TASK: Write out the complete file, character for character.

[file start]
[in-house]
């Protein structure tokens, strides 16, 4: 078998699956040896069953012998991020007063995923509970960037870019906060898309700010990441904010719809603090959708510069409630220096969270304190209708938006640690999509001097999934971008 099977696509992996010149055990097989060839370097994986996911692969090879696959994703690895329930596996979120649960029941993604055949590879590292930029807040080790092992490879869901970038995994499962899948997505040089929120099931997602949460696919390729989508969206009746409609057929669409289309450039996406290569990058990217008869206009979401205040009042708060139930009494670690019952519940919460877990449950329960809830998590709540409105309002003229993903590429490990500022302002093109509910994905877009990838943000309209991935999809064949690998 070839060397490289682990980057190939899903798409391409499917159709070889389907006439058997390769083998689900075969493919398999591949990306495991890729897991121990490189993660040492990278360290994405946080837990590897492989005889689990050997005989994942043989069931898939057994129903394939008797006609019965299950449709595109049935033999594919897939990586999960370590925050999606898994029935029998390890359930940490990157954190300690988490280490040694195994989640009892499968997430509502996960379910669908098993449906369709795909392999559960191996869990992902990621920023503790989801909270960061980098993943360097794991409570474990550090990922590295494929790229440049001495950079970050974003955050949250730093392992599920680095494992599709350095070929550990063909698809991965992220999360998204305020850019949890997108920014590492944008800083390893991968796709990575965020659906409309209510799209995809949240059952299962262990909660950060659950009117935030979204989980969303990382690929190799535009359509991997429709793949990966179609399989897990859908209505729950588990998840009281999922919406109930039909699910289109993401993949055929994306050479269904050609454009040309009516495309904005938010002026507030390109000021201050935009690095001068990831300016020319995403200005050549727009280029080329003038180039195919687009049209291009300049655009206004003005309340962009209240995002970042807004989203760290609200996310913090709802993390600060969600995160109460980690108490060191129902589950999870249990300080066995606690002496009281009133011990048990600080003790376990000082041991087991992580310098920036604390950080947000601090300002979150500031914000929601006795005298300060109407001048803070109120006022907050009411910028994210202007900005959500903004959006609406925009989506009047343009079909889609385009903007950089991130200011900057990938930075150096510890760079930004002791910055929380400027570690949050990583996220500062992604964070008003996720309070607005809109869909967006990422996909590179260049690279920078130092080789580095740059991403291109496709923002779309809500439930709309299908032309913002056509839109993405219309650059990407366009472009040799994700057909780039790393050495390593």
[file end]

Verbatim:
[in-house]
């Protein structure tokens, strides 16, 4: 078998699956040896069953012998991020007063995923509970960037870019906060898309700010990441904010719809603090959708510069409630220096969270304190209708938006640690999509001097999934971008 099977696509992996010149055990097989060839370097994986996911692969090879696959994703690895329930596996979120649960029941993604055949590879590292930029807040080790092992490879869901970038995994499962899948997505040089929120099931997602949460696919390729989508969206009746409609057929669409289309450039996406290569990058990217008869206009979401205040009042708060139930009494670690019952519940919460877990449950329960809830998590709540409105309002003229993903590429490990500022302002093109509910994905877009990838943000309209991935999809064949690998 070839060397490289682990980057190939899903798409391409499917159709070889389907006439058997390769083998689900075969493919398999591949990306495991890729897991121990490189993660040492990278360290994405946080837990590897492989005889689990050997005989994942043989069931898939057994129903394939008797006609019965299950449709595109049935033999594919897939990586999960370590925050999606898994029935029998390890359930940490990157954190300690988490280490040694195994989640009892499968997430509502996960379910669908098993449906369709795909392999559960191996869990992902990621920023503790989801909270960061980098993943360097794991409570474990550090990922590295494929790229440049001495950079970050974003955050949250730093392992599920680095494992599709350095070929550990063909698809991965992220999360998204305020850019949890997108920014590492944008800083390893991968796709990575965020659906409309209510799209995809949240059952299962262990909660950060659950009117935030979204989980969303990382690929190799535009359509991997429709793949990966179609399989897990859908209505729950588990998840009281999922919406109930039909699910289109993401993949055929994306050479269904050609454009040309009516495309904005938010002026507030390109000021201050935009690095001068990831300016020319995403200005050549727009280029080329003038180039195919687009049209291009300049655009206004003005309340962009209240995002970042807004989203760290609200996310913090709802993390600060969600995160109460980690108490060191129902589950999870249990300080066995606690002496009281009133011990048990600080003790376990000082041991087991992580310098920036604390950080947000601090300002979150500031914000929601006795005298300060109407001048803070109120006022907050009411910028994210202007900005959500903004959006609406925009989506009047343009079909889609385009903007950089991130200011900057990938930075150096510890760079930004002791910055929380400027570690949050990583996220500062992604964070008003996720309070607005809109869909967006990422996909590179260049690279920078130092080789580095740059991403291109496709923002779309809500439930709309299908032309913002056509839109993405219309650059990407366009472009040799994700057909780039790393050495390593």